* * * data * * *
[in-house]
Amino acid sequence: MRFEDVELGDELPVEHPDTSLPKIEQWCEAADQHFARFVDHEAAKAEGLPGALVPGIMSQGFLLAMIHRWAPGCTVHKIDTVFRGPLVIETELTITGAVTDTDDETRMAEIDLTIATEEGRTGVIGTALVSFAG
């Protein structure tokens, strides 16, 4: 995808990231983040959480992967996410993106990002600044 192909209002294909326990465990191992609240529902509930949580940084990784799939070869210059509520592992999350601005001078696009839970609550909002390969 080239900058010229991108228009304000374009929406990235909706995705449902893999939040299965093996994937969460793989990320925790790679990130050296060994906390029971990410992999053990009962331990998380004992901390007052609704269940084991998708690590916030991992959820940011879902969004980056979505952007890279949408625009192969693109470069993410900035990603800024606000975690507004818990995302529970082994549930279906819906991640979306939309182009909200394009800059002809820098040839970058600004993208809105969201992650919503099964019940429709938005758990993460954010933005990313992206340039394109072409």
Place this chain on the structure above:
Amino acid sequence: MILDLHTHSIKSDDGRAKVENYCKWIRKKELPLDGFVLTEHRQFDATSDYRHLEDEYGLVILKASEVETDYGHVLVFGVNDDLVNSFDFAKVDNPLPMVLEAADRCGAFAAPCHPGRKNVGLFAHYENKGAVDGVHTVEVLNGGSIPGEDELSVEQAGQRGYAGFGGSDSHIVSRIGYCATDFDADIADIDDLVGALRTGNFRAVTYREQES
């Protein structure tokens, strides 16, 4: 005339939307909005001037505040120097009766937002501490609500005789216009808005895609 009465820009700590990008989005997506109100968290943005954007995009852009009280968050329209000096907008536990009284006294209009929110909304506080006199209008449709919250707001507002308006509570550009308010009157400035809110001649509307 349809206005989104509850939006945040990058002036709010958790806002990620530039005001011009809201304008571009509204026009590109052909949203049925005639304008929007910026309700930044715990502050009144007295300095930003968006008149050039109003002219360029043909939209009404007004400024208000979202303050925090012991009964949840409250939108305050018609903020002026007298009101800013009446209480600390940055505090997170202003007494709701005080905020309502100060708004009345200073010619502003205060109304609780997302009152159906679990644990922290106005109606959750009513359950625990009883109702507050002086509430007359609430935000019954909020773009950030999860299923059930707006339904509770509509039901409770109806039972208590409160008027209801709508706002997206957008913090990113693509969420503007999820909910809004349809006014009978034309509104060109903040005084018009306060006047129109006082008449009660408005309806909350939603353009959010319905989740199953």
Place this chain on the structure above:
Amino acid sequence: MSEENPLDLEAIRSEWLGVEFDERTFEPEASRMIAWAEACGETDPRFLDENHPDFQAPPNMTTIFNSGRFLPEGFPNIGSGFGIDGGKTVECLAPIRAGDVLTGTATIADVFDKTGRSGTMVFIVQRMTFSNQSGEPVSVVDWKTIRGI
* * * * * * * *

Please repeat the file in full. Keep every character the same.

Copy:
[in-house]
Amino acid sequence: MRFEDVELGDELPVEHPDTSLPKIEQWCEAADQHFARFVDHEAAKAEGLPGALVPGIMSQGFLLAMIHRWAPGCTVHKIDTVFRGPLVIETELTITGAVTDTDDETRMAEIDLTIATEEGRTGVIGTALVSFAG
């Protein structure tokens, strides 16, 4: 995808990231983040959480992967996410993106990002600044 192909209002294909326990465990191992609240529902509930949580940084990784799939070869210059509520592992999350601005001078696009839970609550909002390969 080239900058010229991108228009304000374009929406990235909706995705449902893999939040299965093996994937969460793989990320925790790679990130050296060994906390029971990410992999053990009962331990998380004992901390007052609704269940084991998708690590916030991992959820940011879902969004980056979505952007890279949408625009192969693109470069993410900035990603800024606000975690507004818990995302529970082994549930279906819906991640979306939309182009909200394009800059002809820098040839970058600004993208809105969201992650919503099964019940429709938005758990993460954010933005990313992206340039394109072409």
Place this chain on the structure above:
Amino acid sequence: MILDLHTHSIKSDDGRAKVENYCKWIRKKELPLDGFVLTEHRQFDATSDYRHLEDEYGLVILKASEVETDYGHVLVFGVNDDLVNSFDFAKVDNPLPMVLEAADRCGAFAAPCHPGRKNVGLFAHYENKGAVDGVHTVEVLNGGSIPGEDELSVEQAGQRGYAGFGGSDSHIVSRIGYCATDFDADIADIDDLVGALRTGNFRAVTYREQES
């Protein structure tokens, strides 16, 4: 005339939307909005001037505040120097009766937002501490609500005789216009808005895609 009465820009700590990008989005997506109100968290943005954007995009852009009280968050329209000096907008536990009284006294209009929110909304506080006199209008449709919250707001507002308006509570550009308010009157400035809110001649509307 349809206005989104509850939006945040990058002036709010958790806002990620530039005001011009809201304008571009509204026009590109052909949203049925005639304008929007910026309700930044715990502050009144007295300095930003968006008149050039109003002219360029043909939209009404007004400024208000979202303050925090012991009964949840409250939108305050018609903020002026007298009101800013009446209480600390940055505090997170202003007494709701005080905020309502100060708004009345200073010619502003205060109304609780997302009152159906679990644990922290106005109606959750009513359950625990009883109702507050002086509430007359609430935000019954909020773009950030999860299923059930707006339904509770509509039901409770109806039972208590409160008027209801709508706002997206957008913090990113693509969420503007999820909910809004349809006014009978034309509104060109903040005084018009306060006047129109006082008449009660408005309806909350939603353009959010319905989740199953």
Place this chain on the structure above:
Amino acid sequence: MSEENPLDLEAIRSEWLGVEFDERTFEPEASRMIAWAEACGETDPRFLDENHPDFQAPPNMTTIFNSGRFLPEGFPNIGSGFGIDGGKTVECLAPIRAGDVLTGTATIADVFDKTGRSGTMVFIVQRMTFSNQSGEPVSVVDWKTIRGI